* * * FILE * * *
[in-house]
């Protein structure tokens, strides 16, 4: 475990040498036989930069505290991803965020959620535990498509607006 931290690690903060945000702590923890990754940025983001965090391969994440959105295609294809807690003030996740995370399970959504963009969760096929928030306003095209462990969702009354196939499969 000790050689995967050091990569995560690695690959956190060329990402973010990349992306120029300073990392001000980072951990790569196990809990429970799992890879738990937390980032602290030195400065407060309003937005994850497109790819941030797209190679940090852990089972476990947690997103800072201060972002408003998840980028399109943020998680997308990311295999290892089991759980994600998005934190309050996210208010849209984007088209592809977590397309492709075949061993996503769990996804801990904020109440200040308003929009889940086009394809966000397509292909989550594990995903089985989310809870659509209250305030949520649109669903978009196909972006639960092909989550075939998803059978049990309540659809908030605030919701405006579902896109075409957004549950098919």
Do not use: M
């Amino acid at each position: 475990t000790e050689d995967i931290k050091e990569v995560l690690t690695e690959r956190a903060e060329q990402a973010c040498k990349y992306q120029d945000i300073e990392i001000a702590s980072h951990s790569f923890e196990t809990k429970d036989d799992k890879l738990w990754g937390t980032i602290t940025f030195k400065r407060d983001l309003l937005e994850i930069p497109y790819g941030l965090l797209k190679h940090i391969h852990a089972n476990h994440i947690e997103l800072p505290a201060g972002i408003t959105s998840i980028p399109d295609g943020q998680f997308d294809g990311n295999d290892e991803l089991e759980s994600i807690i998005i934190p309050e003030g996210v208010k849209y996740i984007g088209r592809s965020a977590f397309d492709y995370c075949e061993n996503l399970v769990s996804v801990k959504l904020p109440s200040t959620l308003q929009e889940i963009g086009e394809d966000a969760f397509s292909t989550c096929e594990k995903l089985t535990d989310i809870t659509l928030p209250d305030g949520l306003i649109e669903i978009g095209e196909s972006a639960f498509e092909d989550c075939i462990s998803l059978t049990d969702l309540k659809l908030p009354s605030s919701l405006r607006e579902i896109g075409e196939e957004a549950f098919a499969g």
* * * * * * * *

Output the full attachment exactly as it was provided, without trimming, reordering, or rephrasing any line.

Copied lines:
[in-house]
């Protein structure tokens, strides 16, 4: 475990040498036989930069505290991803965020959620535990498509607006 931290690690903060945000702590923890990754940025983001965090391969994440959105295609294809807690003030996740995370399970959504963009969760096929928030306003095209462990969702009354196939499969 000790050689995967050091990569995560690695690959956190060329990402973010990349992306120029300073990392001000980072951990790569196990809990429970799992890879738990937390980032602290030195400065407060309003937005994850497109790819941030797209190679940090852990089972476990947690997103800072201060972002408003998840980028399109943020998680997308990311295999290892089991759980994600998005934190309050996210208010849209984007088209592809977590397309492709075949061993996503769990996804801990904020109440200040308003929009889940086009394809966000397509292909989550594990995903089985989310809870659509209250305030949520649109669903978009196909972006639960092909989550075939998803059978049990309540659809908030605030919701405006579902896109075409957004549950098919």
Do not use: M
């Amino acid at each position: 475990t000790e050689d995967i931290k050091e990569v995560l690690t690695e690959r956190a903060e060329q990402a973010c040498k990349y992306q120029d945000i300073e990392i001000a702590s980072h951990s790569f923890e196990t809990k429970d036989d799992k890879l738990w990754g937390t980032i602290t940025f030195k400065r407060d983001l309003l937005e994850i930069p497109y790819g941030l965090l797209k190679h940090i391969h852990a089972n476990h994440i947690e997103l800072p505290a201060g972002i408003t959105s998840i980028p399109d295609g943020q998680f997308d294809g990311n295999d290892e991803l089991e759980s994600i807690i998005i934190p309050e003030g996210v208010k849209y996740i984007g088209r592809s965020a977590f397309d492709y995370c075949e061993n996503l399970v769990s996804v801990k959504l904020p109440s200040t959620l308003q929009e889940i963009g086009e394809d966000a969760f397509s292909t989550c096929e594990k995903l089985t535990d989310i809870t659509l928030p209250d305030g949520l306003i649109e669903i978009g095209e196909s972006a639960f498509e092909d989550c075939i462990s998803l059978t049990d969702l309540k659809l908030p009354s605030s919701l405006r607006e579902i896109g075409e196939e957004a549950f098919a499969g």